Mulvaney defends change in views on border wall

White House acting chief of staff Mick MulvaneyJohn (Mick) Michael MulvaneyHigh stakes as Trump, Dems open drug price talks Trump declares national emergency at border Puerto Rico governor threatens legal action over national emergency declaration: 'See you in court' MORE on Sunday defended his reversal on President TrumpDonald John TrumpGillibrand backs federal classification of third gender: report Former Carter pollster, Bannon ally Patrick Caddell dies at 68 Heather Nauert withdraws her name from consideration for UN Ambassador job MORE's proposed wall along the U.S.-Mexico border, arguing there's more of a need for it now than when he bashed the concept in 2015.

During an appearance on NBC's "Meet the Press," Mulvaney was confronted with a video clip of 2015 comments in which he called it "absurd and almost childish" for a presidential candidate to suggest building a fence along the border would solve the immigration issue. Trump campaigned in 2016 on a promise to build a wall along the border.

Mulvaney said on NBC that he's changed his mind on the issue because of the influx of immigrants attempting to cross the border during the Trump administration.

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"Things on the ground are different," he said. "And when the circumstances change, you change your opinion."

Mulvaney argued that physical barriers constructed during past administrations have been effective, and acknowledged that a wall would not make sense all along the border.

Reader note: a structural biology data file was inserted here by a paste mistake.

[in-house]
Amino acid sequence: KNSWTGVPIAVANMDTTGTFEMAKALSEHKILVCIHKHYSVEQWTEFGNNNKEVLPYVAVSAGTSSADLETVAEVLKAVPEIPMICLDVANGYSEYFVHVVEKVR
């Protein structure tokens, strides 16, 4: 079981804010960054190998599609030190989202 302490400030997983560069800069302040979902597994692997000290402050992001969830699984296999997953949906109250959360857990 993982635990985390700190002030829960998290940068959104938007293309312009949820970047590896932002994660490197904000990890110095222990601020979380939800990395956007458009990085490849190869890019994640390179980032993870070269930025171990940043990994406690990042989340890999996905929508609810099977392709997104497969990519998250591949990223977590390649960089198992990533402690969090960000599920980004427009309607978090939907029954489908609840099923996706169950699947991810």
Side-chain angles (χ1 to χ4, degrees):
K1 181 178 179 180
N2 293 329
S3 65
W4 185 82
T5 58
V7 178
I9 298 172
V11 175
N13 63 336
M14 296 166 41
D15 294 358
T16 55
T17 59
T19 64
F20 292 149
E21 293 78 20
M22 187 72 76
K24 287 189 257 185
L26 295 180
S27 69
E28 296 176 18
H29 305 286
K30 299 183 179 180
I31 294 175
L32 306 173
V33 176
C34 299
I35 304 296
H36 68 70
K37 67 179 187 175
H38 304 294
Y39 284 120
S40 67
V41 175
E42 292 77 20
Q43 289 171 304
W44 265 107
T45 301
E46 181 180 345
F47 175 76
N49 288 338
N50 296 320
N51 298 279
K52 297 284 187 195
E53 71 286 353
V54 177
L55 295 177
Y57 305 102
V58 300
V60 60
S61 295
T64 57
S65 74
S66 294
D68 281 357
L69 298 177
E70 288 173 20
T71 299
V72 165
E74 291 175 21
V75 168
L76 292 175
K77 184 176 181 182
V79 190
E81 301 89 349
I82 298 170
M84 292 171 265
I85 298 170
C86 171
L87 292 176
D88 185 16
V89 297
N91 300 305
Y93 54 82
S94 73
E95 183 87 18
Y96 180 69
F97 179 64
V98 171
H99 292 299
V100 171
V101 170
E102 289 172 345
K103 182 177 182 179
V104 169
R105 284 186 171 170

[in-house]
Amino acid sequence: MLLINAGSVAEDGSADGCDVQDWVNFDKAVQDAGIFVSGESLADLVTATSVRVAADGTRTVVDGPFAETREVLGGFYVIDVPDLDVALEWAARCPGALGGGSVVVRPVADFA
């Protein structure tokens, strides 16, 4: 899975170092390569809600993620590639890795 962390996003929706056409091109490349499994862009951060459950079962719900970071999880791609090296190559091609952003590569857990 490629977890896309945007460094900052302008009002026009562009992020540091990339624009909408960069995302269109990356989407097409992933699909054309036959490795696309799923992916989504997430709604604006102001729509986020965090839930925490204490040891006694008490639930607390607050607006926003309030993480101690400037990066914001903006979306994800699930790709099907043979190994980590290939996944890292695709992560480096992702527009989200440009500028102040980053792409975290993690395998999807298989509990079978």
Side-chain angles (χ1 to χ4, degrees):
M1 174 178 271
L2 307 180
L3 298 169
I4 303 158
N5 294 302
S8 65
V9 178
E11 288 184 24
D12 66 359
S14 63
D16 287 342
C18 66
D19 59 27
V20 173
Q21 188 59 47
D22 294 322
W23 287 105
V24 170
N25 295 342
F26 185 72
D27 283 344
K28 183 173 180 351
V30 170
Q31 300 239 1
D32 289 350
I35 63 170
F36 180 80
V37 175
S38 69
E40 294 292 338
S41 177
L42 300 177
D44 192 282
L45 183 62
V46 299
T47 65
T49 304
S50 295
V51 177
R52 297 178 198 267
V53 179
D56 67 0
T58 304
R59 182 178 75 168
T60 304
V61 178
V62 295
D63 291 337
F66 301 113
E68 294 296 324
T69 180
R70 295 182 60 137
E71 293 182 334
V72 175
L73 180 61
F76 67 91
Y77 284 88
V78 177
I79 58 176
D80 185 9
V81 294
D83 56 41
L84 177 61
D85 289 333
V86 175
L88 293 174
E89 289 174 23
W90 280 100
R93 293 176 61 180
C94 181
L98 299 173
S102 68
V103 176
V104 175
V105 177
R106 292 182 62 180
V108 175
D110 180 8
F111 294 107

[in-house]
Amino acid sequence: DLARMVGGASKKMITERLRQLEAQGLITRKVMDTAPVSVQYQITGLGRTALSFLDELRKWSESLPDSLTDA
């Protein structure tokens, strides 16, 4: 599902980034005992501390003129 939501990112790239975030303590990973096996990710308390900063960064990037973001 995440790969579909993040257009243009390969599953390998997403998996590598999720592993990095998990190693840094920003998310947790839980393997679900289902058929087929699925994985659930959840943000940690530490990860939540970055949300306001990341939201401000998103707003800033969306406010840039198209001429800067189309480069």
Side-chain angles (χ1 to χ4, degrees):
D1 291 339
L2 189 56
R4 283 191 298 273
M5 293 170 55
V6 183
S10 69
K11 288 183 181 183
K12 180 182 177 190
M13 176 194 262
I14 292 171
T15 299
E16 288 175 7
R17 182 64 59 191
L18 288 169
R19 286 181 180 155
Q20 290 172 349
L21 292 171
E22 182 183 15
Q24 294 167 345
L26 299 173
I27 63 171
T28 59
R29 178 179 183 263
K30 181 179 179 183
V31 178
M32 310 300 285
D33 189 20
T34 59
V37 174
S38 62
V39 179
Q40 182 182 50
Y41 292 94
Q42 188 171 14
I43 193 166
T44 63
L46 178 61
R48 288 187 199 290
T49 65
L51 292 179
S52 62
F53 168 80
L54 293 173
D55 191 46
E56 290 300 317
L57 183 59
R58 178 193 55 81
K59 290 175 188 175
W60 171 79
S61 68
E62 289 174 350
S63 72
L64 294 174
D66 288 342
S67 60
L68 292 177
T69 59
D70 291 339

"Do we need it from coast to coast, 2,000 miles all the way across? No, and the president has admitted as such," Mulvaney said. "There are places in the middle of nowhere where technology will be better."

"But a barrier, call it a wall, call it a fence, the president actually said he didn't care what you call it," he continued. "He even offered to let the Democrats help him design something. He says as long as it's effective, he doesn't care what you call it. We need something to prevent people from coming into this country illegally."

Trump's demand for $5 billion in funding for his proposed wall along the U.S.-Mexico border has spurred a partial government shutdown that has lasted 16 days and counting. Democrats have refused to give money for the structure, offering $1.3 billion for broader border security measures instead.

White House and congressional aides are set to meet Sunday for another round of negotiations on border security.

Trump has dug in on his demand for funding, while offering shifting descriptions of the wall. He has said the structure does not need to be made of concrete, but could instead be constructed with steel slats.

He has inaccurately claimed parts of the wall are already being built and that Mexico is paying for it over time, while also insisting Congress must fund the project.